Cody Fox, project manager for Cedar River Watershed District, explains Oct. 16, 2019, the upstream storage structure of CRWD’s Dobbins 1 project to members of The Hormel Foundation and other community leaders and project partners in the headwaters of Dobbins Creek’s north branch in Dexter Township.

Hormel Foundation gives major gift to Cedar River Watershed

CRWD awarded $500,000 to continue initiative to improve water quality, reduce flooding

4 min readDec 3, 2020


Dec. 3, 2020 — Mower County’s Cedar River Watershed is getting another big dose of generosity from The Hormel Foundation to improve water quality and reduce flooding.

The Hormel Foundation has approved a $500,000 grant request from the Cedar River Watershed District, which, in turn, will match that with $500,000 in mostly state funds.

Most of the match funds will come from the bonding bill passed in October by the state Legislature under the Minnesota Department of Natural Resources’ flood-hazard mitigation program.

In 2015, The Hormel Foundation granted $3.2 million to CRWD to begin its five-year Capital Improvement Plan (CIP) to build upland-storage projects mainly in the watershed’s headwater areas. CRWD matched that grant with $3.4 million in state and local funding.

CRWD’s Dexter 30-Dam 1 berm — part of the district’s Capital Improvement Plan (CIP) — temporarily holds back stormwater May 27, 2020, in the upland area of Dobbins Creek’s south branch in Dexter Township.

With a $1 million overall budget heading into the 2021 construction season, CRWD staff now can work with landowners in the headwaters of Dobbins Creek on potential projects for building earthen berms that temporarily store large amounts of stormwater and snowmelt. This would continue the past five years of progress made by CRWD under its CIP initiative in collaboration with The Hormel Foundation and State of Minnesota.

CRWD project manager Cody Fox checks a CIP structure on March 9, 2020, as snowmelt is temporarily stored behind the upstream Dobbins 1 berm.

“Everyone who lives in the Cedar River Watershed can be very thankful for the significant and ongoing support of The Hormel Foundation,” CRWD administrator Justin Hanson said. “Together, we are making a difference with these upland-storage projects, and others from across the state are learning from this work.”

Hanson also expressed gratitude for the legislative efforts by outgoing state Sen. Dan Sparks and Rep. Jeanne Poppe, both of Austin, to support CRWD’s projects this year and during their many years serving in the Legislature.

“Getting state approval to form the Cedar River Watershed District, designating the Cedar River as a state water trail and helping to secure millions of dollars in state funding for our upland-storage projects — Sen. Sparks and Rep. Poppe did outstanding work for the local natural resources during their legislative careers,” Hanson said.

CRWD administrator Justin Hanson (on right) addresses a group, including members of The Hormel Foundation’s Board of Directors, on Oct. 16, 2020, above the outlet of the upstream Dobbins 1 stormwater-detention structure in Dexter Township. This water eventually flows in Dobbins Creek’s north branch.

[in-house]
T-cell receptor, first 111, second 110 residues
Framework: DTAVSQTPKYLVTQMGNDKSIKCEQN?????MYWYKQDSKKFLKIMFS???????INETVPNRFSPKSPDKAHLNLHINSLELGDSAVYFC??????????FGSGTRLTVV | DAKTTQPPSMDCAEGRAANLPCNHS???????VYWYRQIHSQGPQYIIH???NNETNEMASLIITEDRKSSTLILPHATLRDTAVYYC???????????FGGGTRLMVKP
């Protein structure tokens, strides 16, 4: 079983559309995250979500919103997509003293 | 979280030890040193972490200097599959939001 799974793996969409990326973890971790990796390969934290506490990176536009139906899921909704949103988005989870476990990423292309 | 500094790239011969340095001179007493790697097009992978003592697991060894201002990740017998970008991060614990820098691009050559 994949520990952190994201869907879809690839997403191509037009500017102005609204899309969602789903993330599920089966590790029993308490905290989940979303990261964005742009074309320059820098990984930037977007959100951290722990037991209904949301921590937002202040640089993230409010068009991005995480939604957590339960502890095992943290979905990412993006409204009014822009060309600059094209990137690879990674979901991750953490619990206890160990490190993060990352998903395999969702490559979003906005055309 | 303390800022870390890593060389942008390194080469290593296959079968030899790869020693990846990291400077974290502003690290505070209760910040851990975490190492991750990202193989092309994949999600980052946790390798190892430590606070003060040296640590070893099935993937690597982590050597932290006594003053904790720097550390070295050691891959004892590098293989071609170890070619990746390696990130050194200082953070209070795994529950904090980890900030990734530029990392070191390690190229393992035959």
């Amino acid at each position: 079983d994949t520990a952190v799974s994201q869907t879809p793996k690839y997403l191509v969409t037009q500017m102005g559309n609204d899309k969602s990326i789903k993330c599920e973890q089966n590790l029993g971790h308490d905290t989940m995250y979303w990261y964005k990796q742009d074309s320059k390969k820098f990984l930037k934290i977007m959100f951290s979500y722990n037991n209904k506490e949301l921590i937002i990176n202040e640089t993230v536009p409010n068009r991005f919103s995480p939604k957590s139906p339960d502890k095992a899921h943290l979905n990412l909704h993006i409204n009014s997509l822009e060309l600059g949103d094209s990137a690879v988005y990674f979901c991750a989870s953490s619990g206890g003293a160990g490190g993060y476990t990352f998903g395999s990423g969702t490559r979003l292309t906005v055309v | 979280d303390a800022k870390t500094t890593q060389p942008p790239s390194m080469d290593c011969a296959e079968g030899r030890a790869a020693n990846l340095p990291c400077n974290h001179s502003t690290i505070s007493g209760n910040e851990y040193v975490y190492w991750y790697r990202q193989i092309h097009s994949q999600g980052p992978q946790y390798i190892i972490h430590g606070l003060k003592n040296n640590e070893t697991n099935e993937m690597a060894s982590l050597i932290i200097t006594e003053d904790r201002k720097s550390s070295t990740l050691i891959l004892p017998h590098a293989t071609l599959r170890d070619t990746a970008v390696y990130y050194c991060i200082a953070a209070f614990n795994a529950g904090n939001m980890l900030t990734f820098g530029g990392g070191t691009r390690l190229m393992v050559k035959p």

CRWD’s new grant is part of $10.6 million approved in November by The Hormel Foundation to nonprofit organizations in the Austin community. To date, The Hormel Foundation has given more than $300 million to the community.

“This is only possible due to the visionary plan established in 1941 by George and Jay Hormel, and the generations of hard-working employees of Hormel Foods,” said Jeffrey M. Ettinger, chair of The Hormel Foundation.

CRWD’s Cody Fox explains Oct. 16, 2019, how the district’s Capital Improvement Plan (CIP) projects work to improve water quality and reduce flooding.

CRWD’s initial five-year goal for its CIP initiative was achieved in 2020 thanks to the original $3.2 million grant from The Hormel Foundation and another $3.4 million in state and local funding that built 14 projects, including 11 upland-storage structures in the Dobbins watershed. Most projects were built on streams flowing into Dobbins’ north and south branches.

This year, CRWD has surpassed its original CIP goal of 8 percent by achieving at least a 10-percent peak flow reduction at the Cedar-Dobbins confluence in Austin after constructing this summer the district’s biggest project to date — Dexter 30-Dam 2. Spanning nearly 2,000 feet long with a 21-foot peak berm height, the $1.2 million structure is fully functional for temporary stormwater storage in the headwaters of Dobbins’ south branch.

Nearly 3,000 acres of mostly cropland now are controlled by CIP projects in the Dobbins watershed that is prone to flash flooding. With all CIP projects in place, a 10-year rain storm (roughly 4 inches of rain) — which leads to some rural roads being overtopped by flooding — would be about 1 foot lower at its peak downstream from Dobbins Creek’s confluence of its north and south branches in Austin’s Jay C. Hormel Nature Center.

Vehicles drive through a stretch of Interstate 90 flooded by the nearby Dobbins Creek on June 12, 2008, in northeast Austin downstream from the Jay C. Hormel Nature Center. CRWD’s CIP projects are heavily focused on the Dobbins watershed to reduce the effects of its propensity for flash flooding.

Part of the next CIP work in 2021 will be funded by $100,000 in state funding under the first budget for the Cedar-Wapsipinicon Comprehensive Water-Management Plan. This is part of the “One Watershed, One Plan” funding from the Minnesota Board of Water & Soil Resources (BWSR).

To learn more and view drone footage of CRWD’s CIP projects, visit or find the YouTube channel for Mower Soil & Water Conservation that also includes CRWD projects.



Formed in 2007, CRWD works to reduce flooding and improve water quality on the Cedar River State Water Trail and its tributaries in southern Minnesota.